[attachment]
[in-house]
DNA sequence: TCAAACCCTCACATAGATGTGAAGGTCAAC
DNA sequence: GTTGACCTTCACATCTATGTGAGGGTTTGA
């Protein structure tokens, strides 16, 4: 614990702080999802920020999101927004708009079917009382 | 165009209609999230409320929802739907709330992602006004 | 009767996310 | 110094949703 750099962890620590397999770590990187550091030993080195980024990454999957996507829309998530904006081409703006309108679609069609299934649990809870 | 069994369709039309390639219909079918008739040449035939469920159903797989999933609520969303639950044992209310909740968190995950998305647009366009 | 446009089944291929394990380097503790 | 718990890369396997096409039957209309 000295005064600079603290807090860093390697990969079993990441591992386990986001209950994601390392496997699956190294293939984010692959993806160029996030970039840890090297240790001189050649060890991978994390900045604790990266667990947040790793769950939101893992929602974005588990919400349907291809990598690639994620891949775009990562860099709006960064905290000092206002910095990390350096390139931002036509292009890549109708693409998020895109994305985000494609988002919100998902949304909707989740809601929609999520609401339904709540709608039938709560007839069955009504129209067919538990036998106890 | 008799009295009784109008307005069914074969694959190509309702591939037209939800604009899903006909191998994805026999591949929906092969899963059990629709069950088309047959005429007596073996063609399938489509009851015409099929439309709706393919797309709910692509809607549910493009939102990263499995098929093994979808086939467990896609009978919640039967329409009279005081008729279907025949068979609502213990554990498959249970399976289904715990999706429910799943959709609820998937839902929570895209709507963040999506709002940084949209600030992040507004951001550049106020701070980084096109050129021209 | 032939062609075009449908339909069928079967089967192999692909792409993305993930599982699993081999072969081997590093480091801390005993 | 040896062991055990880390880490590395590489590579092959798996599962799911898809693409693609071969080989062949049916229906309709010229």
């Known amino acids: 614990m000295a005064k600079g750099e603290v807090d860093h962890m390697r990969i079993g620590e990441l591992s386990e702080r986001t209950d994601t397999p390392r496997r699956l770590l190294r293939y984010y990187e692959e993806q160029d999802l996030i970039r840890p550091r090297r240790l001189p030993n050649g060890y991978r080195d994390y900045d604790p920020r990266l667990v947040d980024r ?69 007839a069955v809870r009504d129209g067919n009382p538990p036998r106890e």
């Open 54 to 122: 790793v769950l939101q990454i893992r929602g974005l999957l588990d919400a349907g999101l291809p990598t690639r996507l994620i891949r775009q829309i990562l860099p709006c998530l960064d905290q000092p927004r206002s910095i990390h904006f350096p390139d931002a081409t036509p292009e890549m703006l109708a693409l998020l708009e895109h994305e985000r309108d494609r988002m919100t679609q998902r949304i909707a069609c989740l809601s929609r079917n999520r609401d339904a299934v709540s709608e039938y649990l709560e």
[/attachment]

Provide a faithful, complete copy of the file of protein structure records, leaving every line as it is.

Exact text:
[in-house]
DNA sequence: TCAAACCCTCACATAGATGTGAAGGTCAAC
DNA sequence: GTTGACCTTCACATCTATGTGAGGGTTTGA
């Protein structure tokens, strides 16, 4: 614990702080999802920020999101927004708009079917009382 | 165009209609999230409320929802739907709330992602006004 | 009767996310 | 110094949703 750099962890620590397999770590990187550091030993080195980024990454999957996507829309998530904006081409703006309108679609069609299934649990809870 | 069994369709039309390639219909079918008739040449035939469920159903797989999933609520969303639950044992209310909740968190995950998305647009366009 | 446009089944291929394990380097503790 | 718990890369396997096409039957209309 000295005064600079603290807090860093390697990969079993990441591992386990986001209950994601390392496997699956190294293939984010692959993806160029996030970039840890090297240790001189050649060890991978994390900045604790990266667990947040790793769950939101893992929602974005588990919400349907291809990598690639994620891949775009990562860099709006960064905290000092206002910095990390350096390139931002036509292009890549109708693409998020895109994305985000494609988002919100998902949304909707989740809601929609999520609401339904709540709608039938709560007839069955009504129209067919538990036998106890 | 008799009295009784109008307005069914074969694959190509309702591939037209939800604009899903006909191998994805026999591949929906092969899963059990629709069950088309047959005429007596073996063609399938489509009851015409099929439309709706393919797309709910692509809607549910493009939102990263499995098929093994979808086939467990896609009978919640039967329409009279005081008729279907025949068979609502213990554990498959249970399976289904715990999706429910799943959709609820998937839902929570895209709507963040999506709002940084949209600030992040507004951001550049106020701070980084096109050129021209 | 032939062609075009449908339909069928079967089967192999692909792409993305993930599982699993081999072969081997590093480091801390005993 | 040896062991055990880390880490590395590489590579092959798996599962799911898809693409693609071969080989062949049916229906309709010229």
């Known amino acids: 614990m000295a005064k600079g750099e603290v807090d860093h962890m390697r990969i079993g620590e990441l591992s386990e702080r986001t209950d994601t397999p390392r496997r699956l770590l190294r293939y984010y990187e692959e993806q160029d999802l996030i970039r840890p550091r090297r240790l001189p030993n050649g060890y991978r080195d994390y900045d604790p920020r990266l667990v947040d980024r ?69 007839a069955v809870r009504d129209g067919n009382p538990p036998r106890e």
């Open 54 to 122: 790793v769950l939101q990454i893992r929602g974005l999957l588990d919400a349907g999101l291809p990598t690639r996507l994620i891949r775009q829309i990562l860099p709006c998530l960064d905290q000092p927004r206002s910095i990390h904006f350096p390139d931002a081409t036509p292009e890549m703006l109708a693409l998020l708009e895109h994305e985000r309108d494609r988002m919100t679609q998902r949304i909707a069609c989740l809601s929609r079917n999520r609401d339904a299934v709540s709608e039938y649990l709560e």